Two months later, Arabella tells Jude she is pregnant, and though he has said it is time for him to leave for Christminster he promises to marry her, speaking of his aspirations as impossible dreams. They marry and go to live in a cottage alongside the road between the Brown House and Marygreen. Jude quickly discovers several things about his wife: that she wears false hair, that she was once a barmaid, that the dimples in her cheeks are artificially produced. After admitting to one of her friends that she isn't pregnant at all, Arabella is apprehensive about telling Jude. When she does, he sees how unnecessary the marriage is; Arabella is complacent in her legal status. He wonders to himself about the justice of a society that causes an individual to have to forego his highest aspirations.
When Jude finds out that Arabella is not pregnant, some very disturbing thoughts pass through his mind: "He was inclined to inquire what he had done, or she lost, for that matter, that he deserved to be caught in a gin which would cripple him, if not her also, for the rest of a lifetime?" Later, of course, he discovers that she deliberately enticed him to make love to her so that she could claim to be pregnant. Hardy already has had Jude as a boy wonder what it is that noisily seems to warp one's life.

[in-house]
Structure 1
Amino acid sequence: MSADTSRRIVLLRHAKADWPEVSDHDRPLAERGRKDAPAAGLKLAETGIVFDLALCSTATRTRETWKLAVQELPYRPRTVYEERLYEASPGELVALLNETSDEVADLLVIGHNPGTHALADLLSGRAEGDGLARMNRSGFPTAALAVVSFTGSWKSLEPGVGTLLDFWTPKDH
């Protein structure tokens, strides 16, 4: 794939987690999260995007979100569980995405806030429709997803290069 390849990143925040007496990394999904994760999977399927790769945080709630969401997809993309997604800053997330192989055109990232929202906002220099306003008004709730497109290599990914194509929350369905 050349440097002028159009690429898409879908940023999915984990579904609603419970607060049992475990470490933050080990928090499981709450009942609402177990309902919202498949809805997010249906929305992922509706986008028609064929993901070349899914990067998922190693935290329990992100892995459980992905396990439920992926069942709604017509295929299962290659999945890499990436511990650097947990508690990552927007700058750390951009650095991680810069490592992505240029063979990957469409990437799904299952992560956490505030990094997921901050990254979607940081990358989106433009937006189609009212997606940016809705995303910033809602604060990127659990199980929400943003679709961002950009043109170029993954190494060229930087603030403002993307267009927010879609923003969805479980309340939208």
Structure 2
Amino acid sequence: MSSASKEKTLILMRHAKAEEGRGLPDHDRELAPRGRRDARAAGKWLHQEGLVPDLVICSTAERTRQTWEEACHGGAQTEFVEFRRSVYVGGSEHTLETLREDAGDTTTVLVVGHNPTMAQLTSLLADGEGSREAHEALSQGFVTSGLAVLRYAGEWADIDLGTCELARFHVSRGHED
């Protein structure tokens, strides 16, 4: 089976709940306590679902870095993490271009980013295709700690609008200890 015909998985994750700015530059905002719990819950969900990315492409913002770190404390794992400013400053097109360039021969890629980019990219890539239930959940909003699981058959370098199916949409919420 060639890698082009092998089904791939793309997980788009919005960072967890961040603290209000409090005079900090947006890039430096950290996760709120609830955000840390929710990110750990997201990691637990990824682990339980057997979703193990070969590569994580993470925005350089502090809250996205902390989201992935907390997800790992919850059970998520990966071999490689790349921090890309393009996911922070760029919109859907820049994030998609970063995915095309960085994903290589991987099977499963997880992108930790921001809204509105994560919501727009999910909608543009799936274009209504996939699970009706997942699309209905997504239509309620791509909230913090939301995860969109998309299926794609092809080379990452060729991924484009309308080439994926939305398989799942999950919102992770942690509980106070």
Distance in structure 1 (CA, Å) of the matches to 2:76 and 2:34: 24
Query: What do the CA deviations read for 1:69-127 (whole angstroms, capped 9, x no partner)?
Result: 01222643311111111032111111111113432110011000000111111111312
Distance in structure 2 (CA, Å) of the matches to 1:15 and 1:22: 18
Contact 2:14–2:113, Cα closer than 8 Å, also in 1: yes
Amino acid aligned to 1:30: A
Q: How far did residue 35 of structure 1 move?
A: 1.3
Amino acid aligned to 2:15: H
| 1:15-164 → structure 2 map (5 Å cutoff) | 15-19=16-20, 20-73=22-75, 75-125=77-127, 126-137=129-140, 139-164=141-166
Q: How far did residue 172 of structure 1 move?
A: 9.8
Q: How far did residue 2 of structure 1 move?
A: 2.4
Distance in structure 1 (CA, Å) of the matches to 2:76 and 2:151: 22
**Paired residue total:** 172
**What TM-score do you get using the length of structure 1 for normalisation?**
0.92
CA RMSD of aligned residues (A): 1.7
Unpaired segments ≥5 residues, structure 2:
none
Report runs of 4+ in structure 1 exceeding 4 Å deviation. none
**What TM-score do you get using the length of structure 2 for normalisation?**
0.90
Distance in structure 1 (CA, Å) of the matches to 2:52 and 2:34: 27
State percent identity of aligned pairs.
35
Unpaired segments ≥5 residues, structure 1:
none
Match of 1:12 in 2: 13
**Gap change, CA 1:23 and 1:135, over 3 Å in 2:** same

What comes out here, as elsewhere, is part of Hardy's theme in the novel: Jude's beliefs, conventionally Christian as they are, cannot account for what is happening to him. Something blind or malign is operating to undermine his dream. In short, the old explanations do not seem to account for life. By the end of the novel Jude will be shown in a self-admitted "chaos of principles." Here, he is just becoming aware of the disparity between what he has been taught to believe and what the circumstances of his life confront him with.